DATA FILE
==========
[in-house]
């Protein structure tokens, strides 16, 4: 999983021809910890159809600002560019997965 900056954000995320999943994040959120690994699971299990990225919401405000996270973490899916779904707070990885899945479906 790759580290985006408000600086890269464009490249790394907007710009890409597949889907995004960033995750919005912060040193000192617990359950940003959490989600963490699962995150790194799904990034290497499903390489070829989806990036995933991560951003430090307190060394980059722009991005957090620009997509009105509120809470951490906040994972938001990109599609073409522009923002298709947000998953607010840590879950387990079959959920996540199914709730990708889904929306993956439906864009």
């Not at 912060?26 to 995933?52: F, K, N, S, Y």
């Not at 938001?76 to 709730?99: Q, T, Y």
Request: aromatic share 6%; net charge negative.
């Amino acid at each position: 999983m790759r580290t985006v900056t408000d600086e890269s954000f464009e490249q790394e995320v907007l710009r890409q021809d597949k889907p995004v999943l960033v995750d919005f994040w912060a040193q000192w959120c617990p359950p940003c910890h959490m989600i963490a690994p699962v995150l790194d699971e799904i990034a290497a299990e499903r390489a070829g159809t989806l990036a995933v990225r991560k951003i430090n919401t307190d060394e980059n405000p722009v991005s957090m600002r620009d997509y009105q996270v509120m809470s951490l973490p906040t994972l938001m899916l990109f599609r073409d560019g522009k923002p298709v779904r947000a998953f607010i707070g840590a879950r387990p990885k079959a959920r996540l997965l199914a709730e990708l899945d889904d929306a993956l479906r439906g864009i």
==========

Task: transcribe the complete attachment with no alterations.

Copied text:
[in-house]
């Protein structure tokens, strides 16, 4: 999983021809910890159809600002560019997965 900056954000995320999943994040959120690994699971299990990225919401405000996270973490899916779904707070990885899945479906 790759580290985006408000600086890269464009490249790394907007710009890409597949889907995004960033995750919005912060040193000192617990359950940003959490989600963490699962995150790194799904990034290497499903390489070829989806990036995933991560951003430090307190060394980059722009991005957090620009997509009105509120809470951490906040994972938001990109599609073409522009923002298709947000998953607010840590879950387990079959959920996540199914709730990708889904929306993956439906864009």
């Not at 912060?26 to 995933?52: F, K, N, S, Y």
């Not at 938001?76 to 709730?99: Q, T, Y």
Request: aromatic share 6%; net charge negative.
């Amino acid at each position: 999983m790759r580290t985006v900056t408000d600086e890269s954000f464009e490249q790394e995320v907007l710009r890409q021809d597949k889907p995004v999943l960033v995750d919005f994040w912060a040193q000192w959120c617990p359950p940003c910890h959490m989600i963490a690994p699962v995150l790194d699971e799904i990034a290497a299990e499903r390489a070829g159809t989806l990036a995933v990225r991560k951003i430090n919401t307190d060394e980059n405000p722009v991005s957090m600002r620009d997509y009105q996270v509120m809470s951490l973490p906040t994972l938001m899916l990109f599609r073409d560019g522009k923002p298709v779904r947000a998953f607010i707070g840590a879950r387990p990885k079959a959920r996540l997965l199914a709730e990708l899945d889904d929306a993956l479906r439906g864009i």